Holodomor
A man with an amputated foot stands watching a line of people waiting in one of Kharkiv’s marketplaces
Description
Creator
Wienerberger, Alexander, 1891-1955, Photographer
Media Type
Image
Text
Item Types
Book illustrations
Photographs
Description
In the foreground, Wienerberger presents a young to middle-aged man leaning on a cane. His left leg is raised off the ground, showing an amputated and still bandaged foot. His bare left arm pokes through a torn jacket sleeve. He stands looking in the direction of a crowd of people standing in line near one of Kharkiv’s marketplaces. Most of the disabled were not employed. Those who did not work, were not issued food ration cards.

The caption to this photo reads, “and their victims,” referring back to a previous page with a photo of an over-crowded streetcar (See PD143). Whether this person did in fact acquire his injuries from a streetcar accident may be a matter for conjecture. Wienerberger did however emphasize the frequency of such accidents in his memoir, Hart auf Hart. Not far from the man in the foreground, a youth appears to be staring intently at the photographer. Because photography of the destitute and of any kind of lines of people waiting was strictly forbidden, the youth may have been signalling disapproval or a warning to Wienerberger. SEE: Restriction of Photography (in Directory Introductory Essay)

Context note: The situation for Urban Residents and Industrial Workers, 1932-1933; A Brief Synopsis
the availability and distribution of food in urban areas…
Notes
Photo taken between spring – late summer, 1933.

Photo source: Wienerberger, Alexander. Hart Auf Hart. 15 Jahre Ingenieur in Sowjetrussland. Ein Tatsachenbericht; mit 52 Original-Leicaaufnahmen des Verfassers. Salzburg, Leipzig: Pustet, 1939. f.p.17.

Hart auf hart was Alexander Wienerberger’s memoir of his career as a chemical engineer and technical manager in the Soviet Union through most of 1917 – 1933. Three of the chapters deal exclusively with his period in Ukraine, where he was tasked with retrofitting and managing a factory in Kharkiv from autumn 1932 – late summer 1933.

As stated in the title, the memoir includes 52 of his photos; however, only those from Ukraine are included in this Directory. The book was initially serialized with 7 photographs in an Austrian newspaper, the Salzburger Volksblatt, as “Abenteuer in Sowjetrussland,” [Adventures in Soviet Russia] in late 1938.

For essays and a listing of originals and versions published through 1939 with their captions, see Related Features below photo and Home page menus.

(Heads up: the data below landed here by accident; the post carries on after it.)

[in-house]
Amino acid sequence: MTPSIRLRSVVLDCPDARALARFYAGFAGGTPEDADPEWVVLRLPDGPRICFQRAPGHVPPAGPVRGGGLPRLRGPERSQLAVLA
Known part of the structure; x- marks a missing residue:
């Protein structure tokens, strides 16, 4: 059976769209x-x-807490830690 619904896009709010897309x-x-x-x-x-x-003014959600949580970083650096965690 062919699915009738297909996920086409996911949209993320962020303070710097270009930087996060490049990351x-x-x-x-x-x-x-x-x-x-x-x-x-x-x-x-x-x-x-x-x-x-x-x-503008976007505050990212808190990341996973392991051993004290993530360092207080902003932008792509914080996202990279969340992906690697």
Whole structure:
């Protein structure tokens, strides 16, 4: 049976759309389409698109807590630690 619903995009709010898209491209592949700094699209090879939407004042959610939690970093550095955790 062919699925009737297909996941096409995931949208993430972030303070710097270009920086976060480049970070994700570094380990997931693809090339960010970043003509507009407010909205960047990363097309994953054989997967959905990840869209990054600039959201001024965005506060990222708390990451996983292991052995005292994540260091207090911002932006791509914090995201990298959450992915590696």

Inscriptions
Caption: “Und ihre Opfer….” [And their victims]
Date of Original
1933
Date Of Event
1933
Image Dimensions
Image Width: 5.5cm
Image Height: 8cm
Subject(s)
Local identifier
PD111
Collection
Alexander Wienerberger: Beyond the Innitzer album
Language of Item
German
Geographic Coverage
  • Kharkiv, Ukraine
    Latitude: 49.98081 Longitude: 36.25272
Copyright Statement
Copyright status unknown. Responsibility for determining the copyright status and any use rests exclusively with the user.
Copyright Holder
Samara Pearce https://www.samarapearce.com/
Recommended Citation
Wienerberger, Alexander. Hart auf Hart. 15 Jahre Ingenieur in Sowjetrussland. Ein Tatsachenbericht; mit 52 Original-Leicaaufnahmen des Verfassers. Salzburg, Leipzig: Pustet, 1939. f.p.17. Retrieved from: http://vitacollections.ca/HREC-holodomorphotodirectory/3636244/data
Location of Original
Location of original photograph reproduced in this publication is unknown.
Terms of Use
Rightsholder requests that the name of the photographer, Alexander Wienerberger, accompany each authentic reproduction of his work.
Reproduction Notes
Reproduced with the permission of rightsholder Samara Pearce. Source: Book cited in NOTES above.
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A man with an amputated foot stands watching a line of people waiting in one of Kharkiv’s marketplaces


In the foreground, Wienerberger presents a young to middle-aged man leaning on a cane. His left leg is raised off the ground, showing an amputated and still bandaged foot. His bare left arm pokes through a torn jacket sleeve. He stands looking in the direction of a crowd of people standing in line near one of Kharkiv’s marketplaces. Most of the disabled were not employed. Those who did not work, were not issued food ration cards.

The caption to this photo reads, “and their victims,” referring back to a previous page with a photo of an over-crowded streetcar (See PD143). Whether this person did in fact acquire his injuries from a streetcar accident may be a matter for conjecture. Wienerberger did however emphasize the frequency of such accidents in his memoir, Hart auf Hart. Not far from the man in the foreground, a youth appears to be staring intently at the photographer. Because photography of the destitute and of any kind of lines of people waiting was strictly forbidden, the youth may have been signalling disapproval or a warning to Wienerberger. SEE: Restriction of Photography (in Directory Introductory Essay)

Context note: The situation for Urban Residents and Industrial Workers, 1932-1933; A Brief Synopsis
the availability and distribution of food in urban areas…